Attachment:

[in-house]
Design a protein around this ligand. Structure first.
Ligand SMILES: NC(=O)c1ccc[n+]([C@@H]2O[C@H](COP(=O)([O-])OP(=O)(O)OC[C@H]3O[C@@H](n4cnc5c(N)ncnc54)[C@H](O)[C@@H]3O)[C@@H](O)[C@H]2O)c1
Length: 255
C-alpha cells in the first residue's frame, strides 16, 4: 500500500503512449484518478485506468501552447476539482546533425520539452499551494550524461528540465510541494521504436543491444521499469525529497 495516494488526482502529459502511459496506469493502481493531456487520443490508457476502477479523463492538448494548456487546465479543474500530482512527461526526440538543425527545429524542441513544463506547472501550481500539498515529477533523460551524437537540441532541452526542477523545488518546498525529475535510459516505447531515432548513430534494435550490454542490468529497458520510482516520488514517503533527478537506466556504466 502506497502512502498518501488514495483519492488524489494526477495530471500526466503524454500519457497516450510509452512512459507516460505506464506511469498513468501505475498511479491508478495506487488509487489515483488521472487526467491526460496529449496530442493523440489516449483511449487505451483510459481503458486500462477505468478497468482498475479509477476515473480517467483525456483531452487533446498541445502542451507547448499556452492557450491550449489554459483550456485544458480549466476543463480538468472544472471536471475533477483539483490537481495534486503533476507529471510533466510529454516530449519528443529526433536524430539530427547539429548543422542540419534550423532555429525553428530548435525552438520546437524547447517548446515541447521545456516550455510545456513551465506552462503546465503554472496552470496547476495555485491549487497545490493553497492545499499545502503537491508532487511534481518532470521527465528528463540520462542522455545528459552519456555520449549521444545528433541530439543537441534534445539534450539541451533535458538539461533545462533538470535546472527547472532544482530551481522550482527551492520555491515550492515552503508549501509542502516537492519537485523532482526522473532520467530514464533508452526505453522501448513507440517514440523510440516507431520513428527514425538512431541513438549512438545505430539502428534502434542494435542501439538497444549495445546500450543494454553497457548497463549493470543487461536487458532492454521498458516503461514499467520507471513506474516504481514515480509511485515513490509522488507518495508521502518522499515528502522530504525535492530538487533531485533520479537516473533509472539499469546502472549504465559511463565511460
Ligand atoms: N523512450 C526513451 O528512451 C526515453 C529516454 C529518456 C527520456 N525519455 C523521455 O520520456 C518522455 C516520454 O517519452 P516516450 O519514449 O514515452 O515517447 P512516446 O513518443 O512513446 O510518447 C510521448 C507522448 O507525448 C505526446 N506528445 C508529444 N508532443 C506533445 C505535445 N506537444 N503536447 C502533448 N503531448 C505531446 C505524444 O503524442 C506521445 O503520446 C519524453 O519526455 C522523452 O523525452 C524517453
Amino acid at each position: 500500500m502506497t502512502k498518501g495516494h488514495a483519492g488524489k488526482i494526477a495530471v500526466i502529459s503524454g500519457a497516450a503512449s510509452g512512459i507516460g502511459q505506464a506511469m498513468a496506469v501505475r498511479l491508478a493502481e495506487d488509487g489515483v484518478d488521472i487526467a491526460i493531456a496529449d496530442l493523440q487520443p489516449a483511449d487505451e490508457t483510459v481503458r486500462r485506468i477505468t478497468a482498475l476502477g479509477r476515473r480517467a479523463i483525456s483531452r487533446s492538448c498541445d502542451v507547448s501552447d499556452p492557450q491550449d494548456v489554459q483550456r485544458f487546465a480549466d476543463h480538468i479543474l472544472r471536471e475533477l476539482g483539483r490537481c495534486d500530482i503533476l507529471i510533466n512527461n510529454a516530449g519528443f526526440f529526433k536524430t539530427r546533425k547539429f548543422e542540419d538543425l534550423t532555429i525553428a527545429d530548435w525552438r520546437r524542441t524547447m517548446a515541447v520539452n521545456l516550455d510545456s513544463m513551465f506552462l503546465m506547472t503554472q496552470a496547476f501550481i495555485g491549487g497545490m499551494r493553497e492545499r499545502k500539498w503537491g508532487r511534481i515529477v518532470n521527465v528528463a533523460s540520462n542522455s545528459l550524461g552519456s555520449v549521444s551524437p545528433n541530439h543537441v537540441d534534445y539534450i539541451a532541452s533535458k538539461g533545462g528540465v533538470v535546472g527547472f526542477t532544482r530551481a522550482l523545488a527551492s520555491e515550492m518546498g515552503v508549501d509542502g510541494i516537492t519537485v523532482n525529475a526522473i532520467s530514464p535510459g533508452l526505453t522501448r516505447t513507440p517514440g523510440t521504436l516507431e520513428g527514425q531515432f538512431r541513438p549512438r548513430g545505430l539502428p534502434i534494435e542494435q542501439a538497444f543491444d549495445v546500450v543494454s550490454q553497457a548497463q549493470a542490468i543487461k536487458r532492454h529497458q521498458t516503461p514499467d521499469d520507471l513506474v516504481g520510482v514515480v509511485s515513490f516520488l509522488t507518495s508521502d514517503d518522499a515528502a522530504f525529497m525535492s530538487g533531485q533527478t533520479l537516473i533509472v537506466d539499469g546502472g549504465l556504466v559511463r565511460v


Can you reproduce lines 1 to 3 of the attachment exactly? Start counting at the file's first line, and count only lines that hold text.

[in-house]
Design a protein around this ligand. Structure first.
Ligand SMILES: NC(=O)c1ccc[n+]([C@@H]2O[C@H](COP(=O)([O-])OP(=O)(O)OC[C@H]3O[C@@H](n4cnc5c(N)ncnc54)[C@H](O)[C@@H]3O)[C@@H](O)[C@H]2O)c1